What is Position Trading?

Updated: Jul 4, 2021

How do position traders make money?


Positional trading is a type of trading that aims to profit from medium and long-term trends by being invested for periods ranging from a few weeks to months, sometimes even years. A positional trader holds positions much longer than a day trader or a swing trader, capturing a significant part of a trend.


Positional traders are always capturing big moves, riding the winners, and eliminating losers on the way. They are next in line with long-term investors as far as the time horizon is concerned.


Positional traders transact less and get more from each trade, unlike swing or day traders, who take smaller profits and even smaller losses in each trade. A small number of trades add up to the bulk of profits for a positional trader, unlike that of a swing trader, whose profits are more distributed to a large number of trades.


Types of Positional Trading


Positional trading can be purely technical or fundamental, or a mix of both.


Fundamental Positional Trading


Some fundamental positional traders have a good knack for recognizing trends early. They take large positions when they are convinced of a trend and often come out the other side with considerable profit. Such traders also keep a check on risk and ensure that the portfolio doesn’t suffer irrecoverable losses.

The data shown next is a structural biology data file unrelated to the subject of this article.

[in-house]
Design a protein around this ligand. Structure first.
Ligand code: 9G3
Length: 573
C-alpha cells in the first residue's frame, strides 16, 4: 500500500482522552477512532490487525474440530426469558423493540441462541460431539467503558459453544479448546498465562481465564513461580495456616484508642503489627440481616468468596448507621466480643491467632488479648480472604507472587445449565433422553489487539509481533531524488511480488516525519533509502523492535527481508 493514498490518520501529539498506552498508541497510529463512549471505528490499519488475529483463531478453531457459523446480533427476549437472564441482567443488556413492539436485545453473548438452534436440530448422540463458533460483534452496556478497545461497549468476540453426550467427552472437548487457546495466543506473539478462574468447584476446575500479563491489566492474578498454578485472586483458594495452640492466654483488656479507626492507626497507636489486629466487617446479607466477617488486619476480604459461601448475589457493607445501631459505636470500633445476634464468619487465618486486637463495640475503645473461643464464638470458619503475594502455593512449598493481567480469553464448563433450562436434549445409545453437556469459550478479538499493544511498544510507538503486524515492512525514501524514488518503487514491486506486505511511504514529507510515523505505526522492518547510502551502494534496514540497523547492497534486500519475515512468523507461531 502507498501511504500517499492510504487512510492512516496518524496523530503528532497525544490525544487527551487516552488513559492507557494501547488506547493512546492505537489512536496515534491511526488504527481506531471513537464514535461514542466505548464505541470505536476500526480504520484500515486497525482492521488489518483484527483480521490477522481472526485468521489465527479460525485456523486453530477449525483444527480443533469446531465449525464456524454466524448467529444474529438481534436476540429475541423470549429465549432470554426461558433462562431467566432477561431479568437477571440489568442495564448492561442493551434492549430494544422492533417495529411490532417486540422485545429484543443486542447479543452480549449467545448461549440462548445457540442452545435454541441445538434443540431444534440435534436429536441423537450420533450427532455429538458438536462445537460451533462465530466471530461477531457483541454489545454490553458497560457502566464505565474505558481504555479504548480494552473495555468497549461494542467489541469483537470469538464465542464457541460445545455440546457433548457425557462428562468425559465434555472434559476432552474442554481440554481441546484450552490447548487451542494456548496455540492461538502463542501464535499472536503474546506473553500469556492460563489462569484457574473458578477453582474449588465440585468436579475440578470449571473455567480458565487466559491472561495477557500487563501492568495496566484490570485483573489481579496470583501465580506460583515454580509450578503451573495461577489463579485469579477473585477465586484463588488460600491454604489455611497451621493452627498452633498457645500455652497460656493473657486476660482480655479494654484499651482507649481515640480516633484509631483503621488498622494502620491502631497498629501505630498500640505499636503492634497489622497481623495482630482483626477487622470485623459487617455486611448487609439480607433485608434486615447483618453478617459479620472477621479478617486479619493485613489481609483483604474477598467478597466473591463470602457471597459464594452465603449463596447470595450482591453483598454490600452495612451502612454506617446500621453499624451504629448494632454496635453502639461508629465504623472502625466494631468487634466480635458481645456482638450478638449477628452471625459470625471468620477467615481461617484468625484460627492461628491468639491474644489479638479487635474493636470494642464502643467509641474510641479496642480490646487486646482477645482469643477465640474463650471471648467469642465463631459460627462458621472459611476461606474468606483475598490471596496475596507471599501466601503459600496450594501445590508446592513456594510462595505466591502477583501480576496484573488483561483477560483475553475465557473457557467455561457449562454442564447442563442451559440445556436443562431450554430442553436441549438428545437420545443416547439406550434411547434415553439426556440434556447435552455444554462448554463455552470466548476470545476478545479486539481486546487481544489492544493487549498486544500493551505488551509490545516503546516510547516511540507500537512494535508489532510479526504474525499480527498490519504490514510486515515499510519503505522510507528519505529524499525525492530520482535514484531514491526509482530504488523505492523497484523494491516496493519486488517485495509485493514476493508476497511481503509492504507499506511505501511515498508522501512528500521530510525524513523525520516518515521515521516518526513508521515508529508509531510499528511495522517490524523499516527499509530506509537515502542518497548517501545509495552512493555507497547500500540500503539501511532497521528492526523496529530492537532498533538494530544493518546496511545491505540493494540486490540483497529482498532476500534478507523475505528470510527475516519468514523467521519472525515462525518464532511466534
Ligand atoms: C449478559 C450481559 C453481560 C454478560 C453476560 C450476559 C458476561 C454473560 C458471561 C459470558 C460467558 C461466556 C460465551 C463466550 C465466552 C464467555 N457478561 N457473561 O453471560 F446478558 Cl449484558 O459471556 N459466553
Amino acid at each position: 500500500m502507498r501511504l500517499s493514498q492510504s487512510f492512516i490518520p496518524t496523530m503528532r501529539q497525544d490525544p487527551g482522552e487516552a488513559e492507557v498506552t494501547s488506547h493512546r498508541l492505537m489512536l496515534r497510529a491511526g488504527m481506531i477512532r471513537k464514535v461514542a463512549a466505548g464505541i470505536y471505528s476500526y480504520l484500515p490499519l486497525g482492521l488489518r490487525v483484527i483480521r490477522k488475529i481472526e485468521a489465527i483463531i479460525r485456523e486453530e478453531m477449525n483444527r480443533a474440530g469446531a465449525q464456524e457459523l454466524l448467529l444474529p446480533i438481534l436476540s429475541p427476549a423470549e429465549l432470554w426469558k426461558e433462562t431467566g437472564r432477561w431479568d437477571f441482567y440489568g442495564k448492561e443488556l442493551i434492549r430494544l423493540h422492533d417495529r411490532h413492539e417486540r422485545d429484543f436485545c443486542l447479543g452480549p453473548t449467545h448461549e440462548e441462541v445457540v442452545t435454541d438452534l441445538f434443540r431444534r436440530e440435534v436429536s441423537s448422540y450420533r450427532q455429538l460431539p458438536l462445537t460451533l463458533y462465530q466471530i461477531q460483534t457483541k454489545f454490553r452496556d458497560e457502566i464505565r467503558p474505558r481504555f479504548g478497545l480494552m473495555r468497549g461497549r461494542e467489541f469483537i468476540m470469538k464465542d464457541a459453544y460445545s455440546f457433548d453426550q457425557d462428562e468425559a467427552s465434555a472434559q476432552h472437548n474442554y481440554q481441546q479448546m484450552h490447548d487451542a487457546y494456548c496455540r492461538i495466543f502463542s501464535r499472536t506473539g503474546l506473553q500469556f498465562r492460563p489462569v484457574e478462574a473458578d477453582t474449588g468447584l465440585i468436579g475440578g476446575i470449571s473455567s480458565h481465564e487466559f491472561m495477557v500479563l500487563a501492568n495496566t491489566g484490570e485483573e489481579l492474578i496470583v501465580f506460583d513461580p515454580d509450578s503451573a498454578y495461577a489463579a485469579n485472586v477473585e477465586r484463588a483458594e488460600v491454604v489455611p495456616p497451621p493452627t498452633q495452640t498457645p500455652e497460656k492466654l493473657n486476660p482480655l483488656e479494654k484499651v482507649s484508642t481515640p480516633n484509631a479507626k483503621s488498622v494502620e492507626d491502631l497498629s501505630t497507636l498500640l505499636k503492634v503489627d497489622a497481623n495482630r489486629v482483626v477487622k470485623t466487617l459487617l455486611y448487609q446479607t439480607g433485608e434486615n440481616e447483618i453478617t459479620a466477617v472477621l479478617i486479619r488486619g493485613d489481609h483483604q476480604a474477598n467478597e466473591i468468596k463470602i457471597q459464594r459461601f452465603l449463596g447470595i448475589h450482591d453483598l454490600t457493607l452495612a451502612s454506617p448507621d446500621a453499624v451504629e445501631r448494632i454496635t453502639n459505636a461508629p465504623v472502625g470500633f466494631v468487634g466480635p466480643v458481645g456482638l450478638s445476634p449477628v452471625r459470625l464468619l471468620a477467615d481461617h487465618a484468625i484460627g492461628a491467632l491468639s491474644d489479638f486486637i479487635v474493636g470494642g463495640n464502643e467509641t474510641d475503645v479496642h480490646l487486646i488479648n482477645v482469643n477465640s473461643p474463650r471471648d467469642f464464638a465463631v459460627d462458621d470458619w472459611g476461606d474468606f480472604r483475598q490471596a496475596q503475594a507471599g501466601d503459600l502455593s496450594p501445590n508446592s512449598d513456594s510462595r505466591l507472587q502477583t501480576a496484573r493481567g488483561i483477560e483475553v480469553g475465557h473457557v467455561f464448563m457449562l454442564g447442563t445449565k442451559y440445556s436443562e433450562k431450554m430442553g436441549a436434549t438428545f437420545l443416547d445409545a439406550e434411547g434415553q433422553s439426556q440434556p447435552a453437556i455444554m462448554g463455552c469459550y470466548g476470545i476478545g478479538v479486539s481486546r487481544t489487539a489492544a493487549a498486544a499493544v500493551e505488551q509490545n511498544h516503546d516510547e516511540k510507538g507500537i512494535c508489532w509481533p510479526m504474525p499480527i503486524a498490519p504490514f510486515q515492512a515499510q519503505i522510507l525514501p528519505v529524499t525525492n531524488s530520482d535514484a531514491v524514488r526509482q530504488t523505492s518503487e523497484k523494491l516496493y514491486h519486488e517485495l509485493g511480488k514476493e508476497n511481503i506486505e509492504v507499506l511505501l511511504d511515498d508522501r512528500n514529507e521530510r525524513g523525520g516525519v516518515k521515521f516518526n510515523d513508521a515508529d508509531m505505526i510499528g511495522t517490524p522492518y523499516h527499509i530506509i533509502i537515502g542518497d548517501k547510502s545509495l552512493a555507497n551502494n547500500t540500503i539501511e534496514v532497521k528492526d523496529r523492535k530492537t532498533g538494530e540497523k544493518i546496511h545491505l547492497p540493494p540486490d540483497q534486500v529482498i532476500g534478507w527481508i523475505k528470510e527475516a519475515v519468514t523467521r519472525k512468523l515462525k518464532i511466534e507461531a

*Don't forget the % gain required to recover from a loss*



The other fundamental traders, who can’t develop high conviction, play it safe with a slightly diversified portfolio with a more optimized position sizing. They play by their sacred rules of entry, exits, stop losses, and profit-taking.


Technical Positional Trading


The purely technical positional traders rely mainly on price patterns or technical indicators and tools to enter the trade. As they are looking to hold positions for longer terms, their stop-loss rules are loose when compared to that of a day trader or a swing trader.


The entries and exits for a technical positional trader can all be based on technical parameters or a mix of technical parameters and self-made rules. For example, a trader’s entry and exit criterion may be a 200-day moving average crossover or the entry could be based on the moving average crossover and the exit criterion could be an absolute 50% profit.



Techno-funda Positional Trading


A trader who uses a mix of technical and fundamental parameters waits for the time when both are aligned to enter a trade. The exits are most likely based on technical parameters because price reaction always precedes the fundamental change.